At that point I decided I had explored enough. One of the things I realized is that I had certain needs for intimacy that simply couldn't be met outside of a relationship in which two people commit to each other and try to forge a life together. And if I was going to make a go of forging such a common life, Göran was the one with whom I could do it. Göran had never given up hope on me. He claims that something deep inside had always told him we were meant to be together.
At the time, I was a member of the Northwoods Radical Faerie community, and on the board of stewards of Kawashaway Sanctuary. A number of faeries had decided they wanted to create a communal living arrangement in the Twin Cities. In August 1993 Göran and I became founding residents of the "Faerie House."
Creating a common life together was a challenge at first, because Göran was working evenings at a restaurant, and I was busy during the days teaching and finishing my Ph.D. We cherished what time we had, usually late at night, in between my classes during the day, and on weekends. Our favorite pastimes included snuggling on the couch together and eating ice cream while we watched Star Trek; walking and talking and riding bikes together; playing Dungeons and Dragons twice a month with some of our best friends; camping in the Northwoods with the Radical Faeries; singing together in the Twin Cities Community Gospel Choir. It was Göran's idea to start going to Church. We found Lyndale United Church of Christ, a church community where we could worship and learn together, where we were welcomed and embraced for who we were, and where our relationship was celebrated and supported.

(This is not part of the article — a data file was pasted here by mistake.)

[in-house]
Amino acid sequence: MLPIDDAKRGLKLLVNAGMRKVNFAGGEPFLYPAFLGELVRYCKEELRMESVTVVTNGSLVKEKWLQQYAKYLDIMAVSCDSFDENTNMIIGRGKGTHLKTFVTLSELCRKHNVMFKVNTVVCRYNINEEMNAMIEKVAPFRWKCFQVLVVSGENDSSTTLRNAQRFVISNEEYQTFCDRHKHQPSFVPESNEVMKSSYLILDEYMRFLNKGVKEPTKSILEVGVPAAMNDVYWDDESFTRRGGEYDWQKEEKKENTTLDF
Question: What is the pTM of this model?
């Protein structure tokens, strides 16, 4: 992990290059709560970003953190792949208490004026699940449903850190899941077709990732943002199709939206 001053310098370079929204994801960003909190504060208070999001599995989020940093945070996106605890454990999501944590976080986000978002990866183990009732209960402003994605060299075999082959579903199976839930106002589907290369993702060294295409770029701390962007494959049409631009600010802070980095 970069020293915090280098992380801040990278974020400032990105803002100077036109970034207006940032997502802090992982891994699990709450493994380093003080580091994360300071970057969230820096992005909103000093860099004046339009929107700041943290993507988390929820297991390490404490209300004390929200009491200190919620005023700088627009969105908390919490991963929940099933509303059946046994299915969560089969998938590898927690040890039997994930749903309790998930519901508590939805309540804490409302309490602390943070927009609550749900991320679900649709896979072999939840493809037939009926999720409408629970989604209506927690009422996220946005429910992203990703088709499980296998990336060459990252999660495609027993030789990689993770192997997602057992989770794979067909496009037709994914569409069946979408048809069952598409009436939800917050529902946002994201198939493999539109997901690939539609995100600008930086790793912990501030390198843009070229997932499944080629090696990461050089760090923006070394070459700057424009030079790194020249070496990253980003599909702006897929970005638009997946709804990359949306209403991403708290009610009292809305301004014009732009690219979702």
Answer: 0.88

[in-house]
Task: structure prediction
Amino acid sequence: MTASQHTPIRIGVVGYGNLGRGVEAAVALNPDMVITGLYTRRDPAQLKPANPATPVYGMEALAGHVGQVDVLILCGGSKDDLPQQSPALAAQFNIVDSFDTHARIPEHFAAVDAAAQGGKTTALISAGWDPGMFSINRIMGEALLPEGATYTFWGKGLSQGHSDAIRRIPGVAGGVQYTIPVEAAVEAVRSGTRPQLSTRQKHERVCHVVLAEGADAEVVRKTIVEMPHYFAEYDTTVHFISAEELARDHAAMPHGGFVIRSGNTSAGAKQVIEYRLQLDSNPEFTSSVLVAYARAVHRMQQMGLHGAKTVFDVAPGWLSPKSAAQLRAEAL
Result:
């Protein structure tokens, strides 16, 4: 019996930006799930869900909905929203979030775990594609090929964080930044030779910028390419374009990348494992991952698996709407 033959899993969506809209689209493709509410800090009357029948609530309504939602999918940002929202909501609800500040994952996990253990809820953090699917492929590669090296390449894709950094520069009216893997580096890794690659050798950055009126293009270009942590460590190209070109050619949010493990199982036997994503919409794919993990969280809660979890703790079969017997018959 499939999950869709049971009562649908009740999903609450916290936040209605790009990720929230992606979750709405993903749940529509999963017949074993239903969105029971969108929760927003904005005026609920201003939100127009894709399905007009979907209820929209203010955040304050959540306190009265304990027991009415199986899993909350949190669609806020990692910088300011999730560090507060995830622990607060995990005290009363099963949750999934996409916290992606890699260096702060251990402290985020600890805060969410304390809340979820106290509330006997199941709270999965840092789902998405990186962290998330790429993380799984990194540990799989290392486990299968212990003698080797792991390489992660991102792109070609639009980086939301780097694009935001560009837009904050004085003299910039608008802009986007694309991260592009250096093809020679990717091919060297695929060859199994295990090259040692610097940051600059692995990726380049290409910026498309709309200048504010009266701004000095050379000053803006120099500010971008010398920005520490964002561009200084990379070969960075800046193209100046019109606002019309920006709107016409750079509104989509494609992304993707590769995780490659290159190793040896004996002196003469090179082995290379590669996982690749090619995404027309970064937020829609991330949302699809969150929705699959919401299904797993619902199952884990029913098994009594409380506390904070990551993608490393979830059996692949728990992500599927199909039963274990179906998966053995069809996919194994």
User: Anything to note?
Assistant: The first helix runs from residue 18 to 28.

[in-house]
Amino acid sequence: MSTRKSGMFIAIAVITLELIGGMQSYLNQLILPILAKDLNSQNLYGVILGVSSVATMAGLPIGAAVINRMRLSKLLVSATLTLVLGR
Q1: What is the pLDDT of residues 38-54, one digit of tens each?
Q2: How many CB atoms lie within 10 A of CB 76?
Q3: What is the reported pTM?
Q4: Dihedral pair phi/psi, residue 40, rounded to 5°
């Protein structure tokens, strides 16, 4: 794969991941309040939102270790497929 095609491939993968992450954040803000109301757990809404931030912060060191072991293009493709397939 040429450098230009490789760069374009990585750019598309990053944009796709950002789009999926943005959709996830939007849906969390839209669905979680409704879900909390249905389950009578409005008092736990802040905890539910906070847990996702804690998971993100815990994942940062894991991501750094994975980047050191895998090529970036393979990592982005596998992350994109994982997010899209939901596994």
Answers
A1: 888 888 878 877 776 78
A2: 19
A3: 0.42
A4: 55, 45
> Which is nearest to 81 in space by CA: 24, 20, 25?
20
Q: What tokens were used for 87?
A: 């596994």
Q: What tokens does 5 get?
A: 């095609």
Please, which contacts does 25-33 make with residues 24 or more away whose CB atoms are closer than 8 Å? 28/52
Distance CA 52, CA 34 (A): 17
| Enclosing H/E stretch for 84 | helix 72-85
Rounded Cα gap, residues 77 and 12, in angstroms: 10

In the early years of our relationship, Göran was reigning queen at the Gay 90s (he actually held the title "Miss Gay Nineties"), and performed there regularly in the show lounge as Miss Tasha Marie Monet. Tasha sang a lot of Natalie Cole numbers. But occasionally, Tasha's alter ego "Tangie" came out on stage, a hot little number who wore platinum blond wigs, miniskirts, and an attitude. I was drafted as the drag bag carrier, so I got to go behind stage and meet the other drag queens as they got ready for their numbers. I think Göran liked showing me off to the "sisters"! I loved sitting in the audience having him sing love songs to me and me alone. Of course it was the man under the dress I was in love with! Every once in a while we still hear one of those old songs on the radio and remember that that was "our" song. At the time, Göran was also president of the gay fraternity Delta Lambda Phi, which just goes to show, you can be queen and president at the same time.